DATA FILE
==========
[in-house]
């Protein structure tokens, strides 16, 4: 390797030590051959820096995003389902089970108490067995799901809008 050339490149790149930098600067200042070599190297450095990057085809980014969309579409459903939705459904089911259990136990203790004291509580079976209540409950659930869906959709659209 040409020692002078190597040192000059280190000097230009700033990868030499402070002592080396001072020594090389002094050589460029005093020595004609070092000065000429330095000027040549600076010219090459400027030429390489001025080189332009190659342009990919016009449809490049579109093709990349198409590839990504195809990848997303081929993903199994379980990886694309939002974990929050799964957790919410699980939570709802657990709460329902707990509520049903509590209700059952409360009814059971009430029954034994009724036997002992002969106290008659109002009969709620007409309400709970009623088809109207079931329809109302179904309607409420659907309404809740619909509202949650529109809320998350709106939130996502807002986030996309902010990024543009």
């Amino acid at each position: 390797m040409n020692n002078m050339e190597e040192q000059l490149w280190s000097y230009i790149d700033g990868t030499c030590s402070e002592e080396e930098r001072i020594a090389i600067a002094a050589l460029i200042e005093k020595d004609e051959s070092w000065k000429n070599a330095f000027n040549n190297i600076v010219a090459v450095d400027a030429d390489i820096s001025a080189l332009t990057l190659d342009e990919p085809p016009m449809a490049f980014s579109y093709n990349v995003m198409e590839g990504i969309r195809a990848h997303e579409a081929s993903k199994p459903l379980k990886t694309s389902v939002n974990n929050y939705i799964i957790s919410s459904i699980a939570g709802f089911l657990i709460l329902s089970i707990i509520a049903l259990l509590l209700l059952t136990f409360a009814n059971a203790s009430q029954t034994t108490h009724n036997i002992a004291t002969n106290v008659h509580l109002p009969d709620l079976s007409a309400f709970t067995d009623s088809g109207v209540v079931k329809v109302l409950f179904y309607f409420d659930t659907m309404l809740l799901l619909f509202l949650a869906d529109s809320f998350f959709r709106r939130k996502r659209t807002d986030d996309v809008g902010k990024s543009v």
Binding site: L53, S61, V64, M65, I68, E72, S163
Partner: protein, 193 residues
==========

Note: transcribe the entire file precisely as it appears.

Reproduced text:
[in-house]
């Protein structure tokens, strides 16, 4: 390797030590051959820096995003389902089970108490067995799901809008 050339490149790149930098600067200042070599190297450095990057085809980014969309579409459903939705459904089911259990136990203790004291509580079976209540409950659930869906959709659209 040409020692002078190597040192000059280190000097230009700033990868030499402070002592080396001072020594090389002094050589460029005093020595004609070092000065000429330095000027040549600076010219090459400027030429390489001025080189332009190659342009990919016009449809490049579109093709990349198409590839990504195809990848997303081929993903199994379980990886694309939002974990929050799964957790919410699980939570709802657990709460329902707990509520049903509590209700059952409360009814059971009430029954034994009724036997002992002969106290008659109002009969709620007409309400709970009623088809109207079931329809109302179904309607409420659907309404809740619909509202949650529109809320998350709106939130996502807002986030996309902010990024543009």
């Amino acid at each position: 390797m040409n020692n002078m050339e190597e040192q000059l490149w280190s000097y230009i790149d700033g990868t030499c030590s402070e002592e080396e930098r001072i020594a090389i600067a002094a050589l460029i200042e005093k020595d004609e051959s070092w000065k000429n070599a330095f000027n040549n190297i600076v010219a090459v450095d400027a030429d390489i820096s001025a080189l332009t990057l190659d342009e990919p085809p016009m449809a490049f980014s579109y093709n990349v995003m198409e590839g990504i969309r195809a990848h997303e579409a081929s993903k199994p459903l379980k990886t694309s389902v939002n974990n929050y939705i799964i957790s919410s459904i699980a939570g709802f089911l657990i709460l329902s089970i707990i509520a049903l259990l509590l209700l059952t136990f409360a009814n059971a203790s009430q029954t034994t108490h009724n036997i002992a004291t002969n106290v008659h509580l109002p009969d709620l079976s007409a309400f709970t067995d009623s088809g109207v209540v079931k329809v109302l409950f179904y309607f409420d659930t659907m309404l809740l799901l619909f509202l949650a869906d529109s809320f998350f959709r709106r939130k996502r659209t807002d986030d996309v809008g902010k990024s543009v």
Binding site: L53, S61, V64, M65, I68, E72, S163
Partner: protein, 193 residues